First of all, I would suggest "The Doctrine of Awakening" even to people who know nothing about buddhism and are looking for their first book. Many people think that Evola's works are difficult, but the truth is that he takes difficult subjects and decides not to make compromises on their exposition. As Einstein said: "make everything as simple as possible, but not simpler".

Also, this book should be read by anyone who is disillusioned by the apparent contradictions of buddhism, anyone who doesn't buy the plausibility of the ethical newagey concept of karma, or who has ever wondered why people who affirm to believe both in the doctrine of non-self and in reincarnation never really address the problem of what is that reincarnates.

Evola shows how, usually, this kind of stuff is not to be found in the original buddhist method, but contaminated it in the course of the centuries, first as a popular/exoteric version, and in our times as a way to appease westerners and to make it more marketable.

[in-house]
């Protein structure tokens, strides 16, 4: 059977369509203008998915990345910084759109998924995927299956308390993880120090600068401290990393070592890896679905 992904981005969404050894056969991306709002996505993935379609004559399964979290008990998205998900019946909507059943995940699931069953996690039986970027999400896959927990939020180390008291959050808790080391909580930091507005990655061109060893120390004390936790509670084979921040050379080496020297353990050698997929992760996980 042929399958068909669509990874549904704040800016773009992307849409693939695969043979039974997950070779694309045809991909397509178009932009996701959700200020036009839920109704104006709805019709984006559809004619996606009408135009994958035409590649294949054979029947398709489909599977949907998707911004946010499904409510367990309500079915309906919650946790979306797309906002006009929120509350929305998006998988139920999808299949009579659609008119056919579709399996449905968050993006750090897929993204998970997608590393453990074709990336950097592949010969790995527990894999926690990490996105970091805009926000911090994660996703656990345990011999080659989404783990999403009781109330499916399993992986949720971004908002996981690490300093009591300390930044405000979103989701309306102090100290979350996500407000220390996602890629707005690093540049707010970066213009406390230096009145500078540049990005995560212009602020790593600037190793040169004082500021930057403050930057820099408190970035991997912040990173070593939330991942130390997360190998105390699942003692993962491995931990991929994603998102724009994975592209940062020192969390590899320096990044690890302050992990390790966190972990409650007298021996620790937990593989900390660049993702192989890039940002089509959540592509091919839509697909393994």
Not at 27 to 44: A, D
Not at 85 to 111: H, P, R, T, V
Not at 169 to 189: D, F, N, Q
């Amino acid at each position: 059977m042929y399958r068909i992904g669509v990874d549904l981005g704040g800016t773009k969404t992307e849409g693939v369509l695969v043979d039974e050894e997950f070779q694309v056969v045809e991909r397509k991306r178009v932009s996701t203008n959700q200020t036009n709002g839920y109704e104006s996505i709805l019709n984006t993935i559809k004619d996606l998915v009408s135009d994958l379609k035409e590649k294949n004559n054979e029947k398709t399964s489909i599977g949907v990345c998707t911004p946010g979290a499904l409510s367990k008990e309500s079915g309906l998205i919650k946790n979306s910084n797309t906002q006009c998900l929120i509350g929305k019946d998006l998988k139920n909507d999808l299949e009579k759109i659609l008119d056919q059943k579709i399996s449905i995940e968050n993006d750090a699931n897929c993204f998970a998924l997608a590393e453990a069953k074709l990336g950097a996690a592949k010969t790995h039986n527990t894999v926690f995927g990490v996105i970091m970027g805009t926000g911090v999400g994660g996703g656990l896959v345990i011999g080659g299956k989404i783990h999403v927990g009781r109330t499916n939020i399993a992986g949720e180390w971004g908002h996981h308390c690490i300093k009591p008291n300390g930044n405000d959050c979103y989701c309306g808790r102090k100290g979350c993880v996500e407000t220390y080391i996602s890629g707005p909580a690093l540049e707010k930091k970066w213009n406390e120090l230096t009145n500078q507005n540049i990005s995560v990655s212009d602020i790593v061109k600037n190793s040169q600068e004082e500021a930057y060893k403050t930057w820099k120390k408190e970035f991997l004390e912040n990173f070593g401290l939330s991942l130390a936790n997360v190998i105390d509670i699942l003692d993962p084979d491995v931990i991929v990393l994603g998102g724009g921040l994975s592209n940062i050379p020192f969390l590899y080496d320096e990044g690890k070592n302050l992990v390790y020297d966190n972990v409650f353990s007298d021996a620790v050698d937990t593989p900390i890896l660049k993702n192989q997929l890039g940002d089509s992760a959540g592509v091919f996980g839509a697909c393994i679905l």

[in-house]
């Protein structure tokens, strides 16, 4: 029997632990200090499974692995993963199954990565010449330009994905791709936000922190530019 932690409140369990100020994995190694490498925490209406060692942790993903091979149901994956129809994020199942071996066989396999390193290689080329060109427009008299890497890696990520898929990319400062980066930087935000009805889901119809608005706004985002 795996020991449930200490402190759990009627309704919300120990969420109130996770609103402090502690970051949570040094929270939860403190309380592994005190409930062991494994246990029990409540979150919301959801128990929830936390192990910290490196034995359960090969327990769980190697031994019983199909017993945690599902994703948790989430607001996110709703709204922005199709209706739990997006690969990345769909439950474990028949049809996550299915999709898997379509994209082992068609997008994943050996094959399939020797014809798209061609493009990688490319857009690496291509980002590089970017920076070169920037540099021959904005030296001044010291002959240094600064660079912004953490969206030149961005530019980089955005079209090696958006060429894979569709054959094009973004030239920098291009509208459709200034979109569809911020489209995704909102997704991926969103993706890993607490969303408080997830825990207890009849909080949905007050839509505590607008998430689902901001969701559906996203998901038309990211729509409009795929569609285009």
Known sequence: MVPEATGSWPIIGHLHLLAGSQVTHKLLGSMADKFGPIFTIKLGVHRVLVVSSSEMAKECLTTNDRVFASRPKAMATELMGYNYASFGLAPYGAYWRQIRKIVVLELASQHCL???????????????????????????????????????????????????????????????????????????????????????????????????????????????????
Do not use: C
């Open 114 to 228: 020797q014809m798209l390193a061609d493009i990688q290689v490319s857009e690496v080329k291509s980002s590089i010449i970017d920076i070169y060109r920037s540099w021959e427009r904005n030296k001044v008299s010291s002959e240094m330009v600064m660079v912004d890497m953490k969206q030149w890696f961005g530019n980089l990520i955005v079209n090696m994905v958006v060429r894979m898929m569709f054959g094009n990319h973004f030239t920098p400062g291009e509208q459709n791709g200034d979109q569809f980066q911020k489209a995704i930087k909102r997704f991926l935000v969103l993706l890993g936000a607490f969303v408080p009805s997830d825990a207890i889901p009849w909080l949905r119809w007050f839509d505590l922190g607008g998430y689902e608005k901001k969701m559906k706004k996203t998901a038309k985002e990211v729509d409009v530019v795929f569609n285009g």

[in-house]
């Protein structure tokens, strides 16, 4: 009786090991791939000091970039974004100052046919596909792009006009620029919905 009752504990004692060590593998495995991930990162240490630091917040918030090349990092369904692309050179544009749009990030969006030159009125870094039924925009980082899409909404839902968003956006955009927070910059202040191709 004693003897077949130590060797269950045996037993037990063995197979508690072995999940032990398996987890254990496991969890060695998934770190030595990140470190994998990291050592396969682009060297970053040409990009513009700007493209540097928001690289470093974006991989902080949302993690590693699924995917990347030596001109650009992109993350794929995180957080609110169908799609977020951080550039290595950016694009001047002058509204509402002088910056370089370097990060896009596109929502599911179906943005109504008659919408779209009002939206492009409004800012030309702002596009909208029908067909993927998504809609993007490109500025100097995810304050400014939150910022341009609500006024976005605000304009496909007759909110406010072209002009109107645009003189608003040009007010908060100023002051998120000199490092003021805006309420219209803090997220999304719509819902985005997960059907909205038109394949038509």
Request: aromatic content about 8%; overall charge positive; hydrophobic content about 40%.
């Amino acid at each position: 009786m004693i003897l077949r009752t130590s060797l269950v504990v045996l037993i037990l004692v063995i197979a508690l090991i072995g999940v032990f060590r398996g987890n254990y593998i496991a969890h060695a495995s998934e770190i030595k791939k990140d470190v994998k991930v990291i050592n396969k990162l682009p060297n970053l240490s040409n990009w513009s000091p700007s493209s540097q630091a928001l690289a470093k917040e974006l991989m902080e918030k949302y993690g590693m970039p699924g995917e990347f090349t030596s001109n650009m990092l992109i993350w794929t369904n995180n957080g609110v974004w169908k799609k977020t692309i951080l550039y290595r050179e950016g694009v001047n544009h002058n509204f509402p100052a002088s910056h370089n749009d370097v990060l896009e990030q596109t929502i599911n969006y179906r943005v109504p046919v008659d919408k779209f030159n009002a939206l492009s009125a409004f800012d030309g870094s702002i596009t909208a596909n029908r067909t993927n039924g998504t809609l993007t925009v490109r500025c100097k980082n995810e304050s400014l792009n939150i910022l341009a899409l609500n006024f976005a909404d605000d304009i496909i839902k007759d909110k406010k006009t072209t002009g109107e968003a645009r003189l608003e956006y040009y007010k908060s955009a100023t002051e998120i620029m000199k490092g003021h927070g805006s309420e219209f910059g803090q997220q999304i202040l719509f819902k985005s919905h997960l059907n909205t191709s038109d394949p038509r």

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The book is organized this way: first Evola explains the meaning of ascetism, defining it as making all intention and efforts subservient to one central principle, and focusing them in one direction. He presents buddhism as an ascetic discipline created in the spirit of the warrior caste, looking for its meaning in the cultural and spiritual context of its birth. Then he presents the basic principles in a way that is both essential and complete. Even if we are still in the theory section, one can tell that he has no interest in explaining it as a void philosophical system.

Finally he steps into the practical section.